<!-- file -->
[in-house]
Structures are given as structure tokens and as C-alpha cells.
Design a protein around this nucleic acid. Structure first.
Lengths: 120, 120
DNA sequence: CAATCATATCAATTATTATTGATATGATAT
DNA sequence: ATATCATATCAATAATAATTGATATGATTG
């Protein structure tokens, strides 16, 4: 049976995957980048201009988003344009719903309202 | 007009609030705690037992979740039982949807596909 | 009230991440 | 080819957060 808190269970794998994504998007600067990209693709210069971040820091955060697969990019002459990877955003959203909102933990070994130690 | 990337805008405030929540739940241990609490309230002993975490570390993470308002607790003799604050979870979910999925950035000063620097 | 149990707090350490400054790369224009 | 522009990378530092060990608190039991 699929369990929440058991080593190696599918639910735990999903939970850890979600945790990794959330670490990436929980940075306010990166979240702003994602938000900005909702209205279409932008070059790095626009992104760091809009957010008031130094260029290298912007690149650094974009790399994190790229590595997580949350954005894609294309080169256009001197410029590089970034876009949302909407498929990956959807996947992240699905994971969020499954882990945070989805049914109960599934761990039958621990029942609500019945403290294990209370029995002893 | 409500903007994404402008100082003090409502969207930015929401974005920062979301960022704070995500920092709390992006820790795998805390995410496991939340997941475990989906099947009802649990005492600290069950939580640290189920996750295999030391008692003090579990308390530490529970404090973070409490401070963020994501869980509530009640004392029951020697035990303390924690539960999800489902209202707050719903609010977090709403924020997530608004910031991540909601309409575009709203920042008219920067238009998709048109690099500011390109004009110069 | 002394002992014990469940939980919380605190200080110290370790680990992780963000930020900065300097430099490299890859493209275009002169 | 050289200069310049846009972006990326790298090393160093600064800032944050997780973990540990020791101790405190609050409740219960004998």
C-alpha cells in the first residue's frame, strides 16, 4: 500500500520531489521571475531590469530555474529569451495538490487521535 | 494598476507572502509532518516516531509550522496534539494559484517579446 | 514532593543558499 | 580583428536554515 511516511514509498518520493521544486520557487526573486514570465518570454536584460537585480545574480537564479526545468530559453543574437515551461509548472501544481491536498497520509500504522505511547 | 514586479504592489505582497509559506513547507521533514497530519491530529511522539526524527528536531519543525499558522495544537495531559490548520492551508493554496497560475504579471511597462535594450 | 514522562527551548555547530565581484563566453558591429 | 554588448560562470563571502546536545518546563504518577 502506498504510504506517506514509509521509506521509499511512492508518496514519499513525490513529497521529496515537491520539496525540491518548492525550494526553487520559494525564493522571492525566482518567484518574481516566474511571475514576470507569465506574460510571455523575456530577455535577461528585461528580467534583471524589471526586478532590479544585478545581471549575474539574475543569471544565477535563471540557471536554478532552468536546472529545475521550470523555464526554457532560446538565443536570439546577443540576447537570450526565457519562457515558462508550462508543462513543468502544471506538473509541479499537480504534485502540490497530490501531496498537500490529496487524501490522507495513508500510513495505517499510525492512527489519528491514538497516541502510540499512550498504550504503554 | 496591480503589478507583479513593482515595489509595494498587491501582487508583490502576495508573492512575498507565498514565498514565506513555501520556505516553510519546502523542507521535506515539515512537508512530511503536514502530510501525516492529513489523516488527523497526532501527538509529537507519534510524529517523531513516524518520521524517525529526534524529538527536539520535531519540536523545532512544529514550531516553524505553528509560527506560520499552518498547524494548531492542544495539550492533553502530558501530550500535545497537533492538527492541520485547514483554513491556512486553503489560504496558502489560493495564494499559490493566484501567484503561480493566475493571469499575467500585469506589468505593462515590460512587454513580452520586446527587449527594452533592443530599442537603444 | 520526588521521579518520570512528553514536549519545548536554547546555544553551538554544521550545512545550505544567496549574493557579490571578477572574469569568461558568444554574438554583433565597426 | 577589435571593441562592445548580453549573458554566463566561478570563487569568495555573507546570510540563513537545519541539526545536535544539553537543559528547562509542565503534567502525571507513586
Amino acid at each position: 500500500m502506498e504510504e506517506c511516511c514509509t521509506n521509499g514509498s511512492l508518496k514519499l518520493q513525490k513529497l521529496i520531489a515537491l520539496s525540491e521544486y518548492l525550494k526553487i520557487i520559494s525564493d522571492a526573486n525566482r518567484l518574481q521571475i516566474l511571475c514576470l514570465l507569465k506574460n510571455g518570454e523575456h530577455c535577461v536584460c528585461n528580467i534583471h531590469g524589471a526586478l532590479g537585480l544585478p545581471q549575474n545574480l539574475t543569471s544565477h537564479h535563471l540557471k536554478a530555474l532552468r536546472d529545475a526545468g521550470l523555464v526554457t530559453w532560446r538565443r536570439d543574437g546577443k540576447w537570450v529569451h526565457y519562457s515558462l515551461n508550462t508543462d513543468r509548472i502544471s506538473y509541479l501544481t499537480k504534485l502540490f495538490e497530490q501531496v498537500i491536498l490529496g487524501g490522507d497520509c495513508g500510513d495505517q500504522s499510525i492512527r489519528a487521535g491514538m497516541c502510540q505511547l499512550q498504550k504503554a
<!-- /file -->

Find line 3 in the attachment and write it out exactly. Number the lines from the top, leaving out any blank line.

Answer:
Design a protein around this nucleic acid. Structure first.